By extension of this ruling, you can control ball direction with active mechanisms above the bumper (relative to world coordinates) if your robot is upside down (relative to normal configuration). This opens up some interesting strategies for controlling the ball returns and executing collaborative plays within an alliance. Team 67 had great success with an orientation-changing robot in 2005, as did team 16 in 2008. Now that the door is open, will we see something similar this year?
Thus, a device that is “below” the BUMPERS when the ROBOT is inverted would be considered “above” the BUMPERS in the coordinate frame of the ROBOT. If such a device were used to control the BALL, then it would be a violation of Rule <G45>.
Am I reading this differently? It doesn’t appear to say what you think.
Here’s the logical inverse of the snippet you posted:
Thus, a device that is “above” the BUMPERS when the ROBOT is inverted would be considered “below” the BUMPERS in the coordinate frame of the ROBOT. If such a device were used to control the BALL, then it would not be a violation of Rule <G45>.
I was interpreting it as the “coordinate frame” flips. That a device “below” (meaning above on a now inverted robot), would be considered as “above” the bumpers and thus not be legal to use to manipulate balls.
Why the heck are they using “” to explain anything I have no idea.
I took the line:
However, it must be noted that the ROBOT rules are defined in reference to the coordinate frame of the ROBOT when it is standing normally on a flat floor.
to mean that if it’s standing normally on a flat floor, that is it’s defined coordinate frame. So that when the robot flips, so does the coordinate frame assuming that the robot is now standing normally on a flat floor.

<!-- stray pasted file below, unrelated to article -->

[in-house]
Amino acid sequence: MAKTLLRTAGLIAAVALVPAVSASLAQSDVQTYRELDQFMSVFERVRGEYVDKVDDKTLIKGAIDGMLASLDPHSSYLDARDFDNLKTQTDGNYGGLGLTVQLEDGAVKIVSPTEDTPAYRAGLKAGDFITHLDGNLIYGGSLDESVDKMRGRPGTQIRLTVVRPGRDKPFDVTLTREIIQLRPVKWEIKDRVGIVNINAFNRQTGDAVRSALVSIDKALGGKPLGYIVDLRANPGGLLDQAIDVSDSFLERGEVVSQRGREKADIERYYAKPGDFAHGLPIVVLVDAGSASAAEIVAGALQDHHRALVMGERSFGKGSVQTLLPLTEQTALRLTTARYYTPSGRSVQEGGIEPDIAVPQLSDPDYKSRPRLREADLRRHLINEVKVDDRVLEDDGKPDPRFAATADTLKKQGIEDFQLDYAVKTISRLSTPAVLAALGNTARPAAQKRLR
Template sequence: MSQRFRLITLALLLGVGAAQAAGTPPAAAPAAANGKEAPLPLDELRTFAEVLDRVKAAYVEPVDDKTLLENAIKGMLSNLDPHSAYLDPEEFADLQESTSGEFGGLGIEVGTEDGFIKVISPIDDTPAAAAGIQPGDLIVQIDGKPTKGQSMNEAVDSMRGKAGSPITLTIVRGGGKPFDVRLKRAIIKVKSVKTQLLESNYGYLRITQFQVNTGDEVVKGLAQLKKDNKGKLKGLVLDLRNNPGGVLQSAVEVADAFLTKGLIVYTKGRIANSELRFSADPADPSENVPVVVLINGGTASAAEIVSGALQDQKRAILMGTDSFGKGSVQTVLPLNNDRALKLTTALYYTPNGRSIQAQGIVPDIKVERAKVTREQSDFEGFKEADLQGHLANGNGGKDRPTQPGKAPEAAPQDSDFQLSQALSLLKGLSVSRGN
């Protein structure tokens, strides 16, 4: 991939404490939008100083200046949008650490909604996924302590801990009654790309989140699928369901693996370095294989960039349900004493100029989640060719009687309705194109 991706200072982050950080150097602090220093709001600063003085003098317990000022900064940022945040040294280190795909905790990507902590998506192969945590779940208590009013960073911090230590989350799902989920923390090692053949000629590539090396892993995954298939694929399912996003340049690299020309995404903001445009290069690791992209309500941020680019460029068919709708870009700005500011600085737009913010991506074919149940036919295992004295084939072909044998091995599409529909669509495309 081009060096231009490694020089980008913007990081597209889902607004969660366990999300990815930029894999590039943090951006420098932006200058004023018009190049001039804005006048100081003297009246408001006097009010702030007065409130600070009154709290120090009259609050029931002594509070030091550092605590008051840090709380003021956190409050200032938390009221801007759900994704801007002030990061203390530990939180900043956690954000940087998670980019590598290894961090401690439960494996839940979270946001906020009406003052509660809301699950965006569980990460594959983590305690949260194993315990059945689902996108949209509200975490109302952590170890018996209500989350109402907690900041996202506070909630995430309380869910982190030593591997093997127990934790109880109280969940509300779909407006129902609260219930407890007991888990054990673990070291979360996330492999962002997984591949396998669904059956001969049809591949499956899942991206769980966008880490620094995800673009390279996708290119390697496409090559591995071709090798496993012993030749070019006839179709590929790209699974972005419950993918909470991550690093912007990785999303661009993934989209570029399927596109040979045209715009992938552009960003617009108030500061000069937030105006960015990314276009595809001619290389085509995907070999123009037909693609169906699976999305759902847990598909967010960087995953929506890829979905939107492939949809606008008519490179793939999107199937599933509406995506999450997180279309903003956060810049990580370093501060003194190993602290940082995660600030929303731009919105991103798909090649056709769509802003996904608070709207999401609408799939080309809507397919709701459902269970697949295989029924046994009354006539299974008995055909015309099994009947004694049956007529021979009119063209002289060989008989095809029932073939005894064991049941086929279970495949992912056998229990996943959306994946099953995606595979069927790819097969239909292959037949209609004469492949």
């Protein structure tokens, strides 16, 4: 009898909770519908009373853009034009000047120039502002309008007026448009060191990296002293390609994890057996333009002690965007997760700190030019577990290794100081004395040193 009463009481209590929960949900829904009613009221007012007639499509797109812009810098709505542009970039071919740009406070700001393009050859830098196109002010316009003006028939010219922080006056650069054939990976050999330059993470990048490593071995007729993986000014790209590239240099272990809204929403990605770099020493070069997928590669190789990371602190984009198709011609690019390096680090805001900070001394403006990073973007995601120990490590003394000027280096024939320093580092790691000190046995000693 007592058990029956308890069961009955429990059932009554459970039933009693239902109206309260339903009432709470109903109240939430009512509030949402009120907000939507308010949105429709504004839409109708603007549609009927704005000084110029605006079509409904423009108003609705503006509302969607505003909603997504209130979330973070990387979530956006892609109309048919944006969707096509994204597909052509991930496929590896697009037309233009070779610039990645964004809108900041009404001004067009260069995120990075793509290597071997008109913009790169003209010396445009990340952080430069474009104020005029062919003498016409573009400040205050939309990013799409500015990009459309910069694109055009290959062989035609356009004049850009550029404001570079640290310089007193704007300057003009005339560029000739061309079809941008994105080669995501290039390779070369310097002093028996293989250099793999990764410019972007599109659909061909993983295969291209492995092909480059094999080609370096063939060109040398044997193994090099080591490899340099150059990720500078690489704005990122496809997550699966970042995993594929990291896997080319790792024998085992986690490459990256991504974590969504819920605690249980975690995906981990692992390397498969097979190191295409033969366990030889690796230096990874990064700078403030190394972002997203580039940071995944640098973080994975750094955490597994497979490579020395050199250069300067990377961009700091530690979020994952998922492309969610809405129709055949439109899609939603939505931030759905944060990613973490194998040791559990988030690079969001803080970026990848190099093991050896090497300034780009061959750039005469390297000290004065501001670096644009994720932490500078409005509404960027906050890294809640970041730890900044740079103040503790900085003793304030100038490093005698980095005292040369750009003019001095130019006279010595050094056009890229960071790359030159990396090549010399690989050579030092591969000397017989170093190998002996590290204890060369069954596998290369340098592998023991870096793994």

Maybe I’m reading too much into it and the refs have to keep a close eye and keep count of how many times a robot has flipped to determine what the “top” and “bottom” of the robot is.
The Q&A post you quoted in your first post seems to imply that the coordinate frame does not flip.
The quoted text suggests that a device that is physically below the bumpers while the robot is inverted would still be considered above the bumpers in the coordinate frame of the robot and thus would incur a penalty under <G45> if used to control the balls direction.
…and a device that is physically above the bumpers while the robot is inverted would still be considered below the bumpers in the coordinate frame of the robot. They’re saying down is up and up is down, thus the coordinate plane of the robot has flipped in relation to the field.
So if you’re flipped, you can’t control balls from under the bumper (because it would be “above” relative to the robot), but (logically) can control them above the bumpers (as long as it doesn’t satisfy the definition of POSSESSION).
A very interesting response indeed. Teams building flippable robots may want to consider adapting their mechanism so it can still work while flipped, without POSSESSING the balls. However, they should avoid building a mechanism on both the top and bottom.